Thus much for liueries of Cittizens in auncient times, both in triumphes and otherwise, may suffice, whereby may be obserued that the couerture of mens heads was then hoodes, for neyther Cappe or hat is spoken of, except that Iohn Wels Mayor of London to were a hat in time of triumph, but differing from the hattes lately taken in vse, and now commonly worne for Noble mens Liueries. I reade that Thomas Earle of Lancaster in the raigne of E. the second gaue at Christmas in Liueries, to such as serued him, 159. broade cloathes, allowing to euery garment furres to furre their hoodes: more nearer our time, there yet remeyneth the counterfeites and pictures of Aldermen, and other that liued in the raignes of Henriethe sixte and Edwardethe fourth, namely Alderman Darbydwelled in Fenchurch street over against the parrish church of S. Diones, left his picture, as of an Alderman in a gowne of skarlet on his backe, a hoode on his head, &c. as is in that house (and else where) to bee seene: for a further monument of those late times, men may beholde the glasse Windows of the Mayors court in the Guild hall aboue the stayrs, the mayor is there pictured, sitting in habite, party coloured, and a hoode on his head, his Swordebearer before him with an hatte or Cappe of maintenance: the Common Clearke, and other officers bare headed, their hoodes on their shoulders: and therefore I take it, that the vse of square bonets worne by Noble men, Gentlemen, Cittizens and others, tooke beginning in this Realm by Henrythe seuenth, and in his time, and of further antiquitie I can see no counterfeyte or other proofe of vse. Henrythe eight (towards his latter raigne) ware a round flat cap of scarlet or of veluet, with a bruch or Jewell, and a feather, diuers Gentlemen, Courtiers, and other did the like. The youthfull Citizens also tooke them to the new fashion of flatte caps, knit of woollen yearne blacke, but so light that they were forced to tye them vnder their chins, for else the wind would be maister ouer them. The vse of these flat round cappes so far increased (being of lesse price then the French Bonet) that in short time some yong Aldermen tooke <to>the wearing of them, Sir Iohn White ware it in his Maioralty, and was the first that left example to his Followers, but now the spanish felt, or the like counterfeyte, is most commonly of all men both spirituall and temporall taken to vse, so that the French Bonet or square cappe, and also the round or flat cap, haue for the most parte giuen place to the spanish felte, but yet in London amongst the grauer sort, (I meane the Liueries of Companies) remayneth a memory of the hoodes of olde time worne by their predecessors: These hoodes were worne, the Roundelets vpon their heads, the skirts to hang behind in their neckes to keep them warme, the tippet to lye on their shoulder, or to wind about their neckes, these hoodes were of olde time made in colours according to their gownes, which were of two colours, as red and blew or red and purple, murrey, or as it pleased their Masters and wardens to appoint to the Companies, but now of late time, they haue vsed their gowns to be al of one colour, and those of the sadest; but their hoodes being made the one halfe of the same cloath their gownes be of, the other halfe remayneth red as of old time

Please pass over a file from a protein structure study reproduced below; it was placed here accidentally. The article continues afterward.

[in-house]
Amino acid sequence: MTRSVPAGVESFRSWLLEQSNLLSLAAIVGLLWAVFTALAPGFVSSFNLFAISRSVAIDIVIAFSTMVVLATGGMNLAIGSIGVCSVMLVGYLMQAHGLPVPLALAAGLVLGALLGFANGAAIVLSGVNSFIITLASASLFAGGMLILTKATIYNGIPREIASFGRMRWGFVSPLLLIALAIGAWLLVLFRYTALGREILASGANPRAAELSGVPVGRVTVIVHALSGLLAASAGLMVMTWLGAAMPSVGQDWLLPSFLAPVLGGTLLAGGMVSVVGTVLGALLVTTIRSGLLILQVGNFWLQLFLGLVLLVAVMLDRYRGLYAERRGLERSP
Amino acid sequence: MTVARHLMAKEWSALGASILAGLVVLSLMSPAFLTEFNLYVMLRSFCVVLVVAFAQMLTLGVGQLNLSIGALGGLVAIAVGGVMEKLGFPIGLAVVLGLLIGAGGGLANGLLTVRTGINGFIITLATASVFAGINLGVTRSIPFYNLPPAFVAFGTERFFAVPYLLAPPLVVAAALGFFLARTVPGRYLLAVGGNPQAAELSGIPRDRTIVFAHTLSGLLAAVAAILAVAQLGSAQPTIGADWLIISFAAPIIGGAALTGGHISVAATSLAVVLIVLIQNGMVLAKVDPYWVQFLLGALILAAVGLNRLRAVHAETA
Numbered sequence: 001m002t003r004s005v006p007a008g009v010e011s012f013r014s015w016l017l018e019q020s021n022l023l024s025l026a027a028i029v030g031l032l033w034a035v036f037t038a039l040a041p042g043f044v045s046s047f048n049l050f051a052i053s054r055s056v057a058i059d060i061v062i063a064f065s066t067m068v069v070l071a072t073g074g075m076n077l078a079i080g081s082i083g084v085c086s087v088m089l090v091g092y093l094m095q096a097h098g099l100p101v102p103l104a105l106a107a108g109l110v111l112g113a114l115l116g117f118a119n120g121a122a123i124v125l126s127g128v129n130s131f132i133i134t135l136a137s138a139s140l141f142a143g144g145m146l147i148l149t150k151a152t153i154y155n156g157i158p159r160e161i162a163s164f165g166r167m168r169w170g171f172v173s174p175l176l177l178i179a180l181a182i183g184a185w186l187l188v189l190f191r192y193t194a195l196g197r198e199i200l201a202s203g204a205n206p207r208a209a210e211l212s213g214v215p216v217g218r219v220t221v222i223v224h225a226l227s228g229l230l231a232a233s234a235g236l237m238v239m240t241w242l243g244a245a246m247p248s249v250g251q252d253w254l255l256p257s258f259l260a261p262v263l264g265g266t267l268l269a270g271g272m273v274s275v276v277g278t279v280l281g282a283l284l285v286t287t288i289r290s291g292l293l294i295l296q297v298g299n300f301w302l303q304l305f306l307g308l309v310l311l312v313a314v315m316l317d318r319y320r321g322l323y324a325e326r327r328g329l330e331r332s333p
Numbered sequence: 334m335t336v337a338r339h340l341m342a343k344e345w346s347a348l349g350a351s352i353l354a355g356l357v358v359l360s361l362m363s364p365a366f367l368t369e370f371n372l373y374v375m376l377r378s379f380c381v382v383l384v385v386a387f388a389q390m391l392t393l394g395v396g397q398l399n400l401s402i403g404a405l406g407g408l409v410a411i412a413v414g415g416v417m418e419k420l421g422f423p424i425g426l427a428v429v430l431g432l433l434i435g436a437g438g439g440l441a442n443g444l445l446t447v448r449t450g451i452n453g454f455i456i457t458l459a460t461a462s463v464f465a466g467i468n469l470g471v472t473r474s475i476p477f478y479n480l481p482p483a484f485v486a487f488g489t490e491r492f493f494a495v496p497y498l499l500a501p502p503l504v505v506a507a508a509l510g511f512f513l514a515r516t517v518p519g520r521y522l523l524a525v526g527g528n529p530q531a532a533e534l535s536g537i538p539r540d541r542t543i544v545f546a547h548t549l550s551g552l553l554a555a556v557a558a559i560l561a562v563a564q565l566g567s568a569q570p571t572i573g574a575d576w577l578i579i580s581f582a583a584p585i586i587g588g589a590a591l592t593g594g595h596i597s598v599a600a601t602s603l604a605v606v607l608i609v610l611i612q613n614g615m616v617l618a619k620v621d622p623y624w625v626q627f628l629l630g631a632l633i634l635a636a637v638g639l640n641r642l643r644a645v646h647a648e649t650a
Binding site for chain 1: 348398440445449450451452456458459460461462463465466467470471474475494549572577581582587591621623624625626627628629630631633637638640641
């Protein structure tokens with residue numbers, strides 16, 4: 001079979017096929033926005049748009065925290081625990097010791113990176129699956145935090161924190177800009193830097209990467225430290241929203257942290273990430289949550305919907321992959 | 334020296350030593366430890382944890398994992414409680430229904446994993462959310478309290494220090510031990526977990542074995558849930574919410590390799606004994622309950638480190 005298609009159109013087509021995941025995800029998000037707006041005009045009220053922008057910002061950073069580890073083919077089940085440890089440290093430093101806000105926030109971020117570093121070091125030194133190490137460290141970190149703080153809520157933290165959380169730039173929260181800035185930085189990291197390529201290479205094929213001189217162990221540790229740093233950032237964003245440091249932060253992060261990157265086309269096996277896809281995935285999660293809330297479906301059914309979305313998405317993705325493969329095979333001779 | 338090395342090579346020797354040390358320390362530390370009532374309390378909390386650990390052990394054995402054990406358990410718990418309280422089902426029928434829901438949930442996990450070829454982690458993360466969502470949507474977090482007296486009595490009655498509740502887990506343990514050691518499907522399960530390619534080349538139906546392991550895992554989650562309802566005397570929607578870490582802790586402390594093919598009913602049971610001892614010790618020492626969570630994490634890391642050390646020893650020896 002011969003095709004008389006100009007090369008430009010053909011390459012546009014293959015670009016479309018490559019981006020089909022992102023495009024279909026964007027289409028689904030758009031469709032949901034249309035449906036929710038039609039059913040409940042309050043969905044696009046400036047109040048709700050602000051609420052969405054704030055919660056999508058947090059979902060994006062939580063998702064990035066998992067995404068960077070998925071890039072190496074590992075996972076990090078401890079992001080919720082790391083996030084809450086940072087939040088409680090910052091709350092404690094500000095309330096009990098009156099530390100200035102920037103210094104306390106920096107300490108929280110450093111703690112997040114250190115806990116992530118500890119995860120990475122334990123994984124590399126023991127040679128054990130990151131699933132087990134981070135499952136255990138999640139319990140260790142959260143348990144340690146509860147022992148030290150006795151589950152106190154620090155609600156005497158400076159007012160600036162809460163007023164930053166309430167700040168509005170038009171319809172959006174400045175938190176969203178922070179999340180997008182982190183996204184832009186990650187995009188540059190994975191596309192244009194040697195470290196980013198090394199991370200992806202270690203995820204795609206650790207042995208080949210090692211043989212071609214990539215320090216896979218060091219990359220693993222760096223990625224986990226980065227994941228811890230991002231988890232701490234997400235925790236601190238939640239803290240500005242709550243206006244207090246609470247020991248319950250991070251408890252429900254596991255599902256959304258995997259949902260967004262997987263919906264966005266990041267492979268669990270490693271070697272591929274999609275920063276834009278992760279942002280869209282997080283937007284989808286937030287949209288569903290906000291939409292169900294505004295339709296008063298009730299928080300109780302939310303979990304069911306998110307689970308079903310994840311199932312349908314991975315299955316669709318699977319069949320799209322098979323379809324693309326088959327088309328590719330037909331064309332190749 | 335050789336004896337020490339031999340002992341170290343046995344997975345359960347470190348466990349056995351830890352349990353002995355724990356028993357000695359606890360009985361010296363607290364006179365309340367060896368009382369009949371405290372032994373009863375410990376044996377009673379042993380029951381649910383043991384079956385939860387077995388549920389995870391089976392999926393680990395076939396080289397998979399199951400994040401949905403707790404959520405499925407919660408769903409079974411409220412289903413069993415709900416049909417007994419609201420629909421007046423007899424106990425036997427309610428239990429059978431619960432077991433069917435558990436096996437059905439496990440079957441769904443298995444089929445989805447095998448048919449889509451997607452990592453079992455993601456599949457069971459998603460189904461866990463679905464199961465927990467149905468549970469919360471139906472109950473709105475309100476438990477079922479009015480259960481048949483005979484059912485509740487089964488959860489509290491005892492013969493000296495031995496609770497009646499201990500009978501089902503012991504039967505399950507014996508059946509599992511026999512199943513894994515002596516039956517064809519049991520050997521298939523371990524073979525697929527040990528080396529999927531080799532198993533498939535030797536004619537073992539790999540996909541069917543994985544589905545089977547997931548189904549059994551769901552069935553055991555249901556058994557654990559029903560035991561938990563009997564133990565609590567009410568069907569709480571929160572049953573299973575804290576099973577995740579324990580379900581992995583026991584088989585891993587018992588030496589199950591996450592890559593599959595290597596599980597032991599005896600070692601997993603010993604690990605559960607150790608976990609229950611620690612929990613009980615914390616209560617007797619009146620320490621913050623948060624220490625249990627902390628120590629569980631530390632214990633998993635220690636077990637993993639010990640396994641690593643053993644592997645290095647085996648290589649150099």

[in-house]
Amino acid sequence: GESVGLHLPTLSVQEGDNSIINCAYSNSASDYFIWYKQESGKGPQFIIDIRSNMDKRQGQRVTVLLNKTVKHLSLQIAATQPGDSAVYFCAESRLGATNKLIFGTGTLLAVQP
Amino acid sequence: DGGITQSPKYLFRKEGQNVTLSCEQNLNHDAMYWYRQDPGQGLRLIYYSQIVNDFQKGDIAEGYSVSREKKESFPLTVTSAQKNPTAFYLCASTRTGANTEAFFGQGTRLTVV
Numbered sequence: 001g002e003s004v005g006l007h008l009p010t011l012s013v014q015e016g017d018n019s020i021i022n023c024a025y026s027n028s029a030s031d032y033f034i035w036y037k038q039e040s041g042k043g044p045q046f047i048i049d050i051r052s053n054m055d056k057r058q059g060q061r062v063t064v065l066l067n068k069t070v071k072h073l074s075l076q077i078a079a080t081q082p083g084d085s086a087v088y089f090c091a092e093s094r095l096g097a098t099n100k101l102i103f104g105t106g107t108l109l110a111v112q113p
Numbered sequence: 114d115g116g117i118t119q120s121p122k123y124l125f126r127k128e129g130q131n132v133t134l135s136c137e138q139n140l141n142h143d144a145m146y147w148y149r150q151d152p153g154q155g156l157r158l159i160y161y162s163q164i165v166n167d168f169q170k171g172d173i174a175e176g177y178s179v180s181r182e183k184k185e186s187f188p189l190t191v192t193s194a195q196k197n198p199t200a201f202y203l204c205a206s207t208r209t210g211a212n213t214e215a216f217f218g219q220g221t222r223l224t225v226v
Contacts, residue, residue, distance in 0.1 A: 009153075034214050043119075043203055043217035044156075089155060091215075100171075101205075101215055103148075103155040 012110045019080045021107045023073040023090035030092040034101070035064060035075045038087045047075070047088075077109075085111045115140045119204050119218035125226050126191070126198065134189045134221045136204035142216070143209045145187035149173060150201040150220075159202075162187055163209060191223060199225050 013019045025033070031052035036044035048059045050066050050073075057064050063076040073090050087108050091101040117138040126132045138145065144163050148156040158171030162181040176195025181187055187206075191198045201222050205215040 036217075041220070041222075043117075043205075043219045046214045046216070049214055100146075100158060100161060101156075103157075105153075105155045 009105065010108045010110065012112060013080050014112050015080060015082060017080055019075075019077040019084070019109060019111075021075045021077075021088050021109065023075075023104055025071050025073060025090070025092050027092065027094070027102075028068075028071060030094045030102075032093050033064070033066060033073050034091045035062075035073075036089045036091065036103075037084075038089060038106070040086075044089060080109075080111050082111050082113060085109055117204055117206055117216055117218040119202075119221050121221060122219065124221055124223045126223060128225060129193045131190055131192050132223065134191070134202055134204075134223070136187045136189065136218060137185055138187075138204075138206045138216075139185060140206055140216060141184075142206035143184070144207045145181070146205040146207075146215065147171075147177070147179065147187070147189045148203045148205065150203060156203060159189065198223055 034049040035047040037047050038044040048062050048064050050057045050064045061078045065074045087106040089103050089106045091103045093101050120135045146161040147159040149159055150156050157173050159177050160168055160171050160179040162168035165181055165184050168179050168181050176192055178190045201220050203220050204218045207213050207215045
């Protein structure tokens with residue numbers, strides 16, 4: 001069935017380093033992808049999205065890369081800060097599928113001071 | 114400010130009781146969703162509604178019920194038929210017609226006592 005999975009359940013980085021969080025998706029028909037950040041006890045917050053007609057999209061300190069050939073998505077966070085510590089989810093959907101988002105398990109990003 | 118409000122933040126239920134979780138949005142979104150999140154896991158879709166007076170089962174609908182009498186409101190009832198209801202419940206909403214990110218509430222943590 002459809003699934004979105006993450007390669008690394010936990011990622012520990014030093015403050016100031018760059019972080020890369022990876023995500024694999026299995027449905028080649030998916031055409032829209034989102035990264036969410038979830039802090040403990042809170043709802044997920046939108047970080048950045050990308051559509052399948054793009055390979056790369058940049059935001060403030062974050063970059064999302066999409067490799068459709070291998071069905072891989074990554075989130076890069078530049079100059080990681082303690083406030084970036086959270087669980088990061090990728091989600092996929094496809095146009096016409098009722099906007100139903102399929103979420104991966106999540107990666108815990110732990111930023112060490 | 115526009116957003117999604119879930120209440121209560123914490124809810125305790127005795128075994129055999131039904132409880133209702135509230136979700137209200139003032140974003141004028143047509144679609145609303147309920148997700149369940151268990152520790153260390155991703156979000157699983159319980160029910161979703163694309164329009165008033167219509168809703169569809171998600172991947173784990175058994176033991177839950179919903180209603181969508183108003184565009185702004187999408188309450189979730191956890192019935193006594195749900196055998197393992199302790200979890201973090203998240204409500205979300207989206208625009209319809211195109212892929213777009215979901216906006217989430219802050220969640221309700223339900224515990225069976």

And so I end, as wanting time to trauell further in this Worke.
NOW since that I haue given you an outward view of this City, it shall not be impertinent to let you take an insight also of the same, such as a Londoner borne discoursed aboue twenty years agone, for aunswere (as it seemeth) to some obiections, that then were made against the growing greatnes thereof. The author gaue it me, & therefore, howsoeuer I conceale his name (which it selfe pretendeth not), I thinke I may without his offence impart it to others, that they may take pleasure in the reading as I doubt not but he did in the writing. Long may they (that list) enuie, and long may wee and our posterity enioy the good estate of this Cittie.